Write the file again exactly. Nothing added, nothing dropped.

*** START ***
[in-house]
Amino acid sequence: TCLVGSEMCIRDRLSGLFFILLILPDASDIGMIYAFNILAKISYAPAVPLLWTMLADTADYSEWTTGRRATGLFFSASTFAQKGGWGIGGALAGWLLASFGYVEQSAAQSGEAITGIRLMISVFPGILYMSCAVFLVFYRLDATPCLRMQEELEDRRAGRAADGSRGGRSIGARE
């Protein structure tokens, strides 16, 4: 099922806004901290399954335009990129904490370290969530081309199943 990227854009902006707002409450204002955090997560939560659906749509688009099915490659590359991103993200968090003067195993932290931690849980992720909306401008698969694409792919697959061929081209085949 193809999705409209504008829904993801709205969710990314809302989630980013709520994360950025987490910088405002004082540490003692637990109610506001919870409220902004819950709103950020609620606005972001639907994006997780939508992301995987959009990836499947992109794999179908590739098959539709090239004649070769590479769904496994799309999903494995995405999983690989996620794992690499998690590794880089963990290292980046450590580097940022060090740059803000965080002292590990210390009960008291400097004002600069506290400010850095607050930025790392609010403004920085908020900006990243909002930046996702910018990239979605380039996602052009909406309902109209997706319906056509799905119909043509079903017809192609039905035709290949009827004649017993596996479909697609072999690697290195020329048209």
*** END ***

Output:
[in-house]
Amino acid sequence: TCLVGSEMCIRDRLSGLFFILLILPDASDIGMIYAFNILAKISYAPAVPLLWTMLADTADYSEWTTGRRATGLFFSASTFAQKGGWGIGGALAGWLLASFGYVEQSAAQSGEAITGIRLMISVFPGILYMSCAVFLVFYRLDATPCLRMQEELEDRRAGRAADGSRGGRSIGARE
């Protein structure tokens, strides 16, 4: 099922806004901290399954335009990129904490370290969530081309199943 990227854009902006707002409450204002955090997560939560659906749509688009099915490659590359991103993200968090003067195993932290931690849980992720909306401008698969694409792919697959061929081209085949 193809999705409209504008829904993801709205969710990314809302989630980013709520994360950025987490910088405002004082540490003692637990109610506001919870409220902004819950709103950020609620606005972001639907994006997780939508992301995987959009990836499947992109794999179908590739098959539709090239004649070769590479769904496994799309999903494995995405999983690989996620794992690499998690590794880089963990290292980046450590580097940022060090740059803000965080002292590990210390009960008291400097004002600069506290400010850095607050930025790392609010403004920085908020900006990243909002930046996702910018990239979605380039996602052009909406309902109209997706319906056509799905119909043509079903017809192609039905035709290949009827004649017993596996479909697609072999690697290195020329048209």